“Republicans, for their part, have done nothing—despite their constitutional duty—to hold a reckless Administration accountable for its actions.  At the very least, they should have the courage to join us in protecting Mr. Mueller from political interference until this investigation is complete.  We urge our Republican colleagues to finally put country above party and work with us to protect the institutions at the core of our democracy.  Instead, they have merely become accomplices to a dangerous and possibly criminal executive, aiding and abetting the destruction of the Special Counsel investigation.”

The statement is from Democratic Members of the U.S. House Judiciary Committee, including: Representatives Jerrold Nadler (D-NY), Zoe Lofgren (D-CA), Sheila Jackson Lee (D-TX), Steve Cohen (D-TN), Hank Johnson (D-GA), Ted Deutch (D-FL), Luis Gutierrez (D-IL), Karen Bass (D-CA), Cedric Richmond (D-LA), Hakeem Jeffries (D-NY), David Cicilline (D-RI), Eric Swalwell (D-CA), Ted Lieu (D-CA), Jamie Raskin (D-MD), Pramila Jayapal (D-WA), and Val Demings (D-FL).

On January 31, 2018, the FBI released a statement to express their “grave concerns about the material omissions of fact that fundamentally impact the memo’s accuracy.”  Ahead of the House Intelligence Committee vote to release the memo publicly, Department of Justice Assistant Attorney General Stephen Boyd wrote to Intelligence Committee Chairman Devin Nunes (R-CA) to express his concerns, calling the move “extraordinarily reckless.” According to recent reports, White House Chief of Staff John Kelly held meetings or phone calls with senior Justice Department officials to inform them of White House expectations and to express disdain for the  DOJ letter.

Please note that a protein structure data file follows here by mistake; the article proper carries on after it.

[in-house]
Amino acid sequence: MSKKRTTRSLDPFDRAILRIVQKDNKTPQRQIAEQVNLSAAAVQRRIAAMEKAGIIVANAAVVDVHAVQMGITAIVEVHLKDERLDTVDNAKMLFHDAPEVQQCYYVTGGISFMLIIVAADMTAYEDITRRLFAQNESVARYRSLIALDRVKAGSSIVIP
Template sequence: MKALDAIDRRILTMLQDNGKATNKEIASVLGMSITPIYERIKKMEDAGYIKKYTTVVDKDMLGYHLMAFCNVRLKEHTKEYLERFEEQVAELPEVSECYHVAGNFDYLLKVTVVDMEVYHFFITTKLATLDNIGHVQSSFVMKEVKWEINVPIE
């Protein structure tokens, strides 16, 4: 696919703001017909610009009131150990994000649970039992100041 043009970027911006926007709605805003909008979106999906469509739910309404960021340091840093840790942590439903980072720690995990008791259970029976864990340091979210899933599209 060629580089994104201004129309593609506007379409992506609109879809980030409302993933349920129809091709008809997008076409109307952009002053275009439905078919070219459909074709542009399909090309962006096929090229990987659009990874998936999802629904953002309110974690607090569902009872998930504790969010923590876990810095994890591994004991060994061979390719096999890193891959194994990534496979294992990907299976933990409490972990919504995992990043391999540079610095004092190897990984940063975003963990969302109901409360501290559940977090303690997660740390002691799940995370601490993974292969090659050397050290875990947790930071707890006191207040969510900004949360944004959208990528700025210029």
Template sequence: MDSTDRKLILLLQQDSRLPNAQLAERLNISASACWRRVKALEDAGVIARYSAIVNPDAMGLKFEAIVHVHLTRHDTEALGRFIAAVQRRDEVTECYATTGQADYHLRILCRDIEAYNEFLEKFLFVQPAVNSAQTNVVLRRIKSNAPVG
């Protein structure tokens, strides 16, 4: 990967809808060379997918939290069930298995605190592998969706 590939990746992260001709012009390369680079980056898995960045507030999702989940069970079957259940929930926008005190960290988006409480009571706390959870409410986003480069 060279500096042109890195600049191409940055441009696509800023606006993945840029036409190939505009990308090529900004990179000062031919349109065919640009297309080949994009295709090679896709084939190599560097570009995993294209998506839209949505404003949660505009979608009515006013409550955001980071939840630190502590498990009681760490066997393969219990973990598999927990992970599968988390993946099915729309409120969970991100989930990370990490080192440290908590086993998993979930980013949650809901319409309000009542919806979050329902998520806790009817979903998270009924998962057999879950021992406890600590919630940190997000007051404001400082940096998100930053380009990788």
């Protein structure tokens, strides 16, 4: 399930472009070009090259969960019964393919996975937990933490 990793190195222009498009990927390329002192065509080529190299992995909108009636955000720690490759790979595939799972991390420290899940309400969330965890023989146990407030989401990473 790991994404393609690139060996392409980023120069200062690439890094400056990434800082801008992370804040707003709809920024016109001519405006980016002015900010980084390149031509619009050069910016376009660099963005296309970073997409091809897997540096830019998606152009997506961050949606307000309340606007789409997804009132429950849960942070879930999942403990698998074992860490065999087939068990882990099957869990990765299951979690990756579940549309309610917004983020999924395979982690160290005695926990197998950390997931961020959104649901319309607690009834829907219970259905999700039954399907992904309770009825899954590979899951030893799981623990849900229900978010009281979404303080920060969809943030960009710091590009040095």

On February 1, 2018, Ranking Member Nadler sent a letter to Chairman Bob Goodlatte (R-VA), to request an emergency briefing with Federal Bureau of Investigation Director Christopher Wray, on his concerns regarding the “Nunes memo.”

On January 30, 2018, House Judiciary Committee Republicans repeatedly blocked Democratic requests to discuss concerns related to the “Nunes memo” and to allow Judiciary Members to read the memo’s source material. Watch part one here. Watch part two here.  

On January 23, 2018, after reviewing the “Nunes memo,” Ranking Member Nadler immediately wrote to Chairman Bob Goodlatte to express his concerns regarding its accuracy and to ask that the source material be made available to all Members of the Judiciary Committee. 

The House Committee on the Judiciary has not held a single hearing on efforts by the Trump Administration and its Republican supporters in Congress to undermine the Special Counsel’s investigation into connections between the Trump campaign and the Russian government. Judiciary Republicans have also taken no action to address the ongoing threat Russia poses to the U.S. federal election system—despite pledging to do so when adopting the Committee’s oversight plan.